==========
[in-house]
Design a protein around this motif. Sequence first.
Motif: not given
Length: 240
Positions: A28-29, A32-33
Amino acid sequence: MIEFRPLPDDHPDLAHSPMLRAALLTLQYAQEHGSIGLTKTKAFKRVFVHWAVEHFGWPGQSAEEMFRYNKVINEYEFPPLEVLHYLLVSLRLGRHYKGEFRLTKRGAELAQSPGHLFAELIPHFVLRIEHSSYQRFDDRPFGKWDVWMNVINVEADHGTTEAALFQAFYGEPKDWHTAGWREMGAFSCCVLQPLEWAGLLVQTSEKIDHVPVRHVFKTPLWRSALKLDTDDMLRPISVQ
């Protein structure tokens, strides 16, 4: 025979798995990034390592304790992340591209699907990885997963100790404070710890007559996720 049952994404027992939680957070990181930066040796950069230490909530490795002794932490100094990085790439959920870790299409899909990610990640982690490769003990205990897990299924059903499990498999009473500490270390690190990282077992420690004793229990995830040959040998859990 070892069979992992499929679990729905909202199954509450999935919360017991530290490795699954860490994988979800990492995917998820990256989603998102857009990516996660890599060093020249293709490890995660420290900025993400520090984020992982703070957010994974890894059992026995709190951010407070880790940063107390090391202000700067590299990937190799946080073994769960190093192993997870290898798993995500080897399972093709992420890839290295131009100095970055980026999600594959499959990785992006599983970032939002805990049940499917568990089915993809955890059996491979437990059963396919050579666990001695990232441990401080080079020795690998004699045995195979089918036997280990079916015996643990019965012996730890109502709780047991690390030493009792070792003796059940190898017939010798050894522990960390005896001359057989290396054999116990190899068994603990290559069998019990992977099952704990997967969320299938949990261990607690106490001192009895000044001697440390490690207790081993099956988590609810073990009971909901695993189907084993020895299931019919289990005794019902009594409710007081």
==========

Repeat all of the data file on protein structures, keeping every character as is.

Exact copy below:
[in-house]
Design a protein around this motif. Sequence first.
Motif: not given
Length: 240
Positions: A28-29, A32-33
Amino acid sequence: MIEFRPLPDDHPDLAHSPMLRAALLTLQYAQEHGSIGLTKTKAFKRVFVHWAVEHFGWPGQSAEEMFRYNKVINEYEFPPLEVLHYLLVSLRLGRHYKGEFRLTKRGAELAQSPGHLFAELIPHFVLRIEHSSYQRFDDRPFGKWDVWMNVINVEADHGTTEAALFQAFYGEPKDWHTAGWREMGAFSCCVLQPLEWAGLLVQTSEKIDHVPVRHVFKTPLWRSALKLDTDDMLRPISVQ
């Protein structure tokens, strides 16, 4: 025979798995990034390592304790992340591209699907990885997963100790404070710890007559996720 049952994404027992939680957070990181930066040796950069230490909530490795002794932490100094990085790439959920870790299409899909990610990640982690490769003990205990897990299924059903499990498999009473500490270390690190990282077992420690004793229990995830040959040998859990 070892069979992992499929679990729905909202199954509450999935919360017991530290490795699954860490994988979800990492995917998820990256989603998102857009990516996660890599060093020249293709490890995660420290900025993400520090984020992982703070957010994974890894059992026995709190951010407070880790940063107390090391202000700067590299990937190799946080073994769960190093192993997870290898798993995500080897399972093709992420890839290295131009100095970055980026999600594959499959990785992006599983970032939002805990049940499917568990089915993809955890059996491979437990059963396919050579666990001695990232441990401080080079020795690998004699045995195979089918036997280990079916015996643990019965012996730890109502709780047991690390030493009792070792003796059940190898017939010798050894522990960390005896001359057989290396054999116990190899068994603990290559069998019990992977099952704990997967969320299938949990261990607690106490001192009895000044001697440390490690207790081993099956988590609810073990009971909901695993189907084993020895299931019919289990005794019902009594409710007081």